JAXA EPO 5 (Japan Aerospace Exploration Agency Education Payload Observation 5),
JAXA PCG (Japan Aerospace Exploration Agency Protein Crystal Growth),
Kids In Micro-g (Kids In Micro-gravity (2009-2010)),
Kontur (Development of a System of Supervisory Control Over the Internet of the Robotic Manipulator in the Russian Segment of ISS),
Lactolen (Influence of Factors of Space Flight on Lactolen Producer Strains),
MAI-75 (Space Devices and Modern Technology for Personal Communication),
MAXI (Monitor of All-sky X-ray Image),
Micro-2 (Gravitational Effects on Biofilm Formation During Space Flight),
MISSE-7 (Materials International Space Station Experiment - 7),
Mouse Immunology (Mouse Antigen-Specific CD4+ T Cell Priming and Memory Response during Spaceflight),
MSL-CETSOL and MICAST (Materials Science Laboratory - Columnar-to-Equiaxed Transition in Solidification Processing and Microstructure Formation in Casting of Technical Alloys under Diffusive and Magnetically Controlled Convective Conditions),
MyoLab (Molecular Mechanism of Microgravity-Induced Skeletal Muscle Atrophy - Physiological Relevance of Cbl-b Ubiquitin Ligase),
NanoRacks-CubeLabs Module-1 and -3 (NanoRacks-CubeLabs Module-1 and -3),
NanoRacks-CubeLabs Module-2 and -4 (NanoRacks-CubeLabs Module-2 and -4),
Nanoskeleton (Production of High Performance Nanomaterials in Microgravity),
NeuroRad (Biological Effects of Space Radiation and Microgravity on Mammalian Cells),
NLP-Cells-3 (National Laboratory Pathfinder - Cells - 3: Jatropha Biofuels),
NLP-Cells-4 (National Laboratory Pathfinder - Cells - 4: Jatropha-2),
NLP-Vaccine-MRSA (National Laboratory Pathfinder - Vaccine - Methicillin-resistant Staphylococcus aureus),
NLP-Vaccine-Salmonella (National Laboratory Pathfinder - Vaccine - Salmonella),
Nutrition (Nutritional Status Assessment),
OChB (Influence of Factors of Space Flight on Superoxide Strain Producer),
Otolith (Otolith Assessment During Postflight Re-adaptation),
Passages (Scaling Body-Related Actions in the Absence of Gravity),
Pilot (Individual Characteristics of Psychophysiological Regulatory Status and Reliaility of Professional Activities of Cosmonauts in Long Duration Space Flight),
Plasma Crystal (Dusty and Liquid Plasma Crystals in Conditions of Microgravity),
Pneumocard (Examination of the Influencing Factors of Space Flight on Autonomic Regulation of Blood Circulation, Respiration and Cardiac Contractile Function in Long Duration Space Flight),
Poligen (Revealing Genotypical Characteristics, Defining Individual Differences in Resistance of Biological Oranisms to Factors of Long Duration Space Flight),
Pro K (Dietary Intake Can Predict and Protect Against Changes in Bone Metabolism during Spaceflight and Recovery),
Reaction Self Test (Psychomotor Vigilance Self Test on the International Space Station),
Relaksatia (Processes of Relaxation in the Ultraviolet Band Spectrum by High Velocity Interaction of Exhaust Products on ISS),
Repository (National Aeronautics and Space Administration Biological Specimen Repository),
Rusalka (Development of Methods to Determine the Carbon Dioxide and Methane (Greehouse Gases) Content in the Earths Atmosphere from On-Board ISS),
SAME (Smoke and Aerosol Measurement Experiment),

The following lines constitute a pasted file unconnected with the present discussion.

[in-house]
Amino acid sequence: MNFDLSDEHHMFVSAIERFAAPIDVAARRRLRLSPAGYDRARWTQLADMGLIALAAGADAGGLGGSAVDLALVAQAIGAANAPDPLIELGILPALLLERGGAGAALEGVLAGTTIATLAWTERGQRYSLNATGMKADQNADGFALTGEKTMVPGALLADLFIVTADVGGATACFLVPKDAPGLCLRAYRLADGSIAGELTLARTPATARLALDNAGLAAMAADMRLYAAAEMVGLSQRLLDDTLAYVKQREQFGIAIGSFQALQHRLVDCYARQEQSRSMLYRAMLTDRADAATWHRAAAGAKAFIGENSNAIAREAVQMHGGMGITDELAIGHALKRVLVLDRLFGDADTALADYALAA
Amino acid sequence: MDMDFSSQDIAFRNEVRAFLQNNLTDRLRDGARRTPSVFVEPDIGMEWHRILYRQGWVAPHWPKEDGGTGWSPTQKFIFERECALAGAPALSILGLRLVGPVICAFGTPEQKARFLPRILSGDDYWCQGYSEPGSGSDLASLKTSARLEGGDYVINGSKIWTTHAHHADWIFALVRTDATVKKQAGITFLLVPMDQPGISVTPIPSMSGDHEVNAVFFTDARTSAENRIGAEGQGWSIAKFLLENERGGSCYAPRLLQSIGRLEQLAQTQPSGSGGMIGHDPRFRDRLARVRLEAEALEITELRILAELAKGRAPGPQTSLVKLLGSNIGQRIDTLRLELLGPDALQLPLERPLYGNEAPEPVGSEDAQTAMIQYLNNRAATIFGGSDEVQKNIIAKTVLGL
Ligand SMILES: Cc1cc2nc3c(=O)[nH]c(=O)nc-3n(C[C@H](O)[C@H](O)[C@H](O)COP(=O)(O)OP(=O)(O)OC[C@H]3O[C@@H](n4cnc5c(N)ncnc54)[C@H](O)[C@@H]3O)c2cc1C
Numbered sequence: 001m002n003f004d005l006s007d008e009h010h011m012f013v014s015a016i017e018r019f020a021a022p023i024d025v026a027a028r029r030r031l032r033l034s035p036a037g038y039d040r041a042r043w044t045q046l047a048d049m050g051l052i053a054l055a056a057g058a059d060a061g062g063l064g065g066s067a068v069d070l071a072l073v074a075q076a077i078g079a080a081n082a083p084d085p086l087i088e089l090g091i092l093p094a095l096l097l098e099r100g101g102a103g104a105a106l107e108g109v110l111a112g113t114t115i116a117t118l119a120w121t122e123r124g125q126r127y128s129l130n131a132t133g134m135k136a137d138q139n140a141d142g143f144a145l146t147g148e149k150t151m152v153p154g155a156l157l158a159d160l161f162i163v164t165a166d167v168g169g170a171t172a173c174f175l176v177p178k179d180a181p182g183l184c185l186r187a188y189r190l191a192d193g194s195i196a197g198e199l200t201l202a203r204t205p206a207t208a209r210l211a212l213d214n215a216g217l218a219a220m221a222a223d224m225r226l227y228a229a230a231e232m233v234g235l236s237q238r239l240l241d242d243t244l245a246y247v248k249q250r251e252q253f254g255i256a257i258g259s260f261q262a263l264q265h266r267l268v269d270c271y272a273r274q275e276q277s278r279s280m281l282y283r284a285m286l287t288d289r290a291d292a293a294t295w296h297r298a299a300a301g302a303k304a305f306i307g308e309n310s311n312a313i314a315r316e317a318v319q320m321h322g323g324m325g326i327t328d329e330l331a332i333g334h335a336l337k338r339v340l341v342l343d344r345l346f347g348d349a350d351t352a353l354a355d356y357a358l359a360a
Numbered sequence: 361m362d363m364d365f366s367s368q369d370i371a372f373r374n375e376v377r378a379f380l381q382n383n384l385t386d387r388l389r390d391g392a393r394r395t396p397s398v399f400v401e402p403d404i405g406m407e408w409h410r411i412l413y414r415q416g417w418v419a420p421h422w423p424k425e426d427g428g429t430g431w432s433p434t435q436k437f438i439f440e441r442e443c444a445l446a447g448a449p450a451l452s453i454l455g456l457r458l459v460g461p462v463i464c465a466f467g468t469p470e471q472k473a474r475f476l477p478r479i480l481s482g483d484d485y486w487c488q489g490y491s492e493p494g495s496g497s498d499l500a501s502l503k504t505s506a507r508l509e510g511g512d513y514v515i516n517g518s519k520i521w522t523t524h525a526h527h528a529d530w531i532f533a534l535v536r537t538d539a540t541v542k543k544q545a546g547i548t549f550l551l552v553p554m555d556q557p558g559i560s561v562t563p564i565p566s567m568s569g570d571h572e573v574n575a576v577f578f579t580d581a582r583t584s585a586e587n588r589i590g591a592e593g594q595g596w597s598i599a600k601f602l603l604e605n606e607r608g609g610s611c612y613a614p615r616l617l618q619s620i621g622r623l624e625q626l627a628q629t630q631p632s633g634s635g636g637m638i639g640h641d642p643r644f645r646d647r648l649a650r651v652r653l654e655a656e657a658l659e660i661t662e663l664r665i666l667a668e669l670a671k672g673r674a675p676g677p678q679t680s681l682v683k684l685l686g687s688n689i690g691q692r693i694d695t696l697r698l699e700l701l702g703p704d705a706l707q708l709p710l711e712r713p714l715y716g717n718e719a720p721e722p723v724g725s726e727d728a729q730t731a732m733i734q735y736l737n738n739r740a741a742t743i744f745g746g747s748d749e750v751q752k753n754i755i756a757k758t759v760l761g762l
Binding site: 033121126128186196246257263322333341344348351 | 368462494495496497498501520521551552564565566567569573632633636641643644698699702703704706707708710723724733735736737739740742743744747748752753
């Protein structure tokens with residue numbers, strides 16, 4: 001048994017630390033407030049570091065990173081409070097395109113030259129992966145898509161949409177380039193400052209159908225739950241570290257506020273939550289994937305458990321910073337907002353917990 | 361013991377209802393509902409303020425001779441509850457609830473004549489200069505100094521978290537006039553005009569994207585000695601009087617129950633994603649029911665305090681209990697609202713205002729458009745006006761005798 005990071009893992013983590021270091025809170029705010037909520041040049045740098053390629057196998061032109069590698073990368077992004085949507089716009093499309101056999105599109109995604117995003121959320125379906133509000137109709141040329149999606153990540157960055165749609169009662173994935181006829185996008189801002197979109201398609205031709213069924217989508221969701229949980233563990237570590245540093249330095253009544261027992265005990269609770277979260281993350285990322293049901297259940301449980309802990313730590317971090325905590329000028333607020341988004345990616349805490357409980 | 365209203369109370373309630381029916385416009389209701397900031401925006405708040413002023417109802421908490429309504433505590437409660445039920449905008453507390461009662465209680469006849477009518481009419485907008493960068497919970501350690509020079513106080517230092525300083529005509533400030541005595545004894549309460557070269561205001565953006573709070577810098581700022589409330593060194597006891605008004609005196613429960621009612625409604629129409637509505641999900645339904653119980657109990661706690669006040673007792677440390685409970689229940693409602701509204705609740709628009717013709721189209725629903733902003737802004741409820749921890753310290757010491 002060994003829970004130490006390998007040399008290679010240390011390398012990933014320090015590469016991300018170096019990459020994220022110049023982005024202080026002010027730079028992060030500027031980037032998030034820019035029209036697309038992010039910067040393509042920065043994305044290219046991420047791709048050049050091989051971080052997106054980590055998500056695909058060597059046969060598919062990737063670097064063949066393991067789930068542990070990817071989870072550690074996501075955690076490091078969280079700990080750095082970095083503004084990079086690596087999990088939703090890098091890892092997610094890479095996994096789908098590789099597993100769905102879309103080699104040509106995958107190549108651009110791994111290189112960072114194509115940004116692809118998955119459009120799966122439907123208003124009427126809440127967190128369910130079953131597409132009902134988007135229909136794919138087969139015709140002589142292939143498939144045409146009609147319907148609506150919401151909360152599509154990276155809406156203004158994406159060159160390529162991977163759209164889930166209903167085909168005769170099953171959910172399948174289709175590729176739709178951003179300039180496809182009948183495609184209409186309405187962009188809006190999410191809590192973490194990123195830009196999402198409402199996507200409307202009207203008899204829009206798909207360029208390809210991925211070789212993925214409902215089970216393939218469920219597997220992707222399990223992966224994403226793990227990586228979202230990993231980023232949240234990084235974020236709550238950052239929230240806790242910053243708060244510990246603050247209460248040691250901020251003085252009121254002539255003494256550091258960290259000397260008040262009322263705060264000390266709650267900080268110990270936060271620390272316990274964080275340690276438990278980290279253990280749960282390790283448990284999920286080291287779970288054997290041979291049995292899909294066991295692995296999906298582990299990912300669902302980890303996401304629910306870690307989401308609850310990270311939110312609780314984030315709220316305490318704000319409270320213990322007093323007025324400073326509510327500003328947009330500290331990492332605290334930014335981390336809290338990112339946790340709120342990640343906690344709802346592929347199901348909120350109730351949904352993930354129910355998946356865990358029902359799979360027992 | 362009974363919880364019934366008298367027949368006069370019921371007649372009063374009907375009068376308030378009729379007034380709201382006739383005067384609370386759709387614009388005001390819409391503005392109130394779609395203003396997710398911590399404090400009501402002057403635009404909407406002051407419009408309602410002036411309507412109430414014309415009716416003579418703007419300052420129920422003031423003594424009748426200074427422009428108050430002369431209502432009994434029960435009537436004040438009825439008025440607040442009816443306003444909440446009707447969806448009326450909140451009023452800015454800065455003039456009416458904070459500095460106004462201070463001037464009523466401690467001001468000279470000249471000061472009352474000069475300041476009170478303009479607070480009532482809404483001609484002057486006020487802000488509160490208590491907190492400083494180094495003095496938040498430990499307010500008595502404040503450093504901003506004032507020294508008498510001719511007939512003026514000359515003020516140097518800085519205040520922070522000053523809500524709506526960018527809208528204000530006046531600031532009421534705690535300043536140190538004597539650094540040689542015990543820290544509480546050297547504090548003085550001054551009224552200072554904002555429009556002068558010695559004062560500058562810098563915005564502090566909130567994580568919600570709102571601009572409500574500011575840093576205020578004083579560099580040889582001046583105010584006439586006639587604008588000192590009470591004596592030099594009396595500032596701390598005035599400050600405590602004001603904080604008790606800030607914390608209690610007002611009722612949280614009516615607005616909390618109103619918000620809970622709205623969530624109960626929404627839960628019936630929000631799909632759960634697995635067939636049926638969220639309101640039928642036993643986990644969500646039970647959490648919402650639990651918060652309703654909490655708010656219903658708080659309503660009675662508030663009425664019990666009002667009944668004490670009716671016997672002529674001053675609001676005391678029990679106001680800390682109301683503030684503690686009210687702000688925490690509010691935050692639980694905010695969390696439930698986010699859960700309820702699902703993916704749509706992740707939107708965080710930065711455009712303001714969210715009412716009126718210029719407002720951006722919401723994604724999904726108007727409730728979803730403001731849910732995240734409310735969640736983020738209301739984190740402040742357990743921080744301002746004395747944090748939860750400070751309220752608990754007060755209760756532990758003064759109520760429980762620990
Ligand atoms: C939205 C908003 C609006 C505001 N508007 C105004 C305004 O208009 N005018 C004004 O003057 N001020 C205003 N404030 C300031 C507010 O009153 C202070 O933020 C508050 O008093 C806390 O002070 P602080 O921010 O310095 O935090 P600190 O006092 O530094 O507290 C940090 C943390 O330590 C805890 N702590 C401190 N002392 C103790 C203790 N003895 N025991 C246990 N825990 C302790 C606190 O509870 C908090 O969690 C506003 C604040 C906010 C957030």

SEDA-AP (Space Environment Data Acquisition Equipment - Attached Payload),
SIMPLEX (Shuttle Ionospheric Modification with Pulsed Localized Exhaust Experiments),
Sleep-Long (Sleep-Wake Actigraphy and Light Exposure During Spaceflight-Long),
Sleep-Short (Sleep-Wake Actigraphy and Light Exposure During Spaceflight-Short),
SMILES (Superconducting Submillimeter-Wave Limb-Emission Sounder),
SNFM (Serial Network Flow Monitor),
SODI-Colloid (Selectable Optical Diagnostics Instrument - Aggregation of Colloidal Solutions),
SOLO (SOdium LOading in Microgravity),
Sonokard (Physiological Functions (cardio-respiratory) of Humans Using Contactless Methods During Sleep in Long Duration Space Flight),
SpaceDRUMS (Space Dynamically Responding Ultrasonic Matrix System),
SPHERES (Synchronized Position Hold, Engage, Reorient, Experimental Satellites),
SPHERES-Zero-Robotics (Synchronized Position Hold, Engage, Reorient, Experimental Satellites-Zero-Robotics),
Spinal Elongation (Spinal Elongation and its Effects on Seated Height in a Microgravity Environment),
Sreda (Examination of the Features of IS as an Environment for Conducting Research),
STL-Microbial Immunity (Space Tissue Loss - Microbial Immunity),
STL-Regeneration (Space Tissue Loss - Stem Cell Regeneration),
TAGES (Transgenic Arabidopsis Gene Expression System),
Taste In Space (Taste In Space),
Thermolab (Thermoregulation in Humans During Long-Term Spaceflight),
Tipologia (Study of the Typological Characteristis of ISS Crew Operators Activity at the Stages of Long Term Space Flight),
Tropi (Analysis of a Novel Sensory Mechanism in Root Phototropism),
Try Zero-G (Try Zero-Gravity),
Uragan (Hurricane: Experimental Development of Groundbased System of Monitoring and Predicting the Progression of a Naturally Occurring Technogenic Catastrophe),
Vascular (Cardiovascular Health Consequences of Long-Duration Space Flight),
VCAM (Vehicle Cabin Atmosphere Monitor),
Vektor-T (Study of a High Precision System for Prediction Motion of ISS),
Vessel ID System (Vessel ID System),
Vessel Imaging (Vascular Echography),
VO2max (Evaluation of Maximal Oxygen Uptake and Submaximal Estimates of VO2max Before, During, and After Long Duration International Space Station Missions),
Vsplesk (Burst: Monitoring of Seismic Effects - Bursts of High Energy Particles in Low Earth Space Region (Orbit)),
Vzaimodeystviye (Interactions: Monitoring of Space Crew Interactions During Extended Space Flight),
WAICO (Waving and Coiling of Arabidopsis Roots at Different g-levels),
Zag (Ambiguous Tilt and Translation Motion Cues After Space Flight).

ISS Assembly

Assembly animation (external link)


more Earth observation photos

more EVA photos


Last update on July 05, 2014.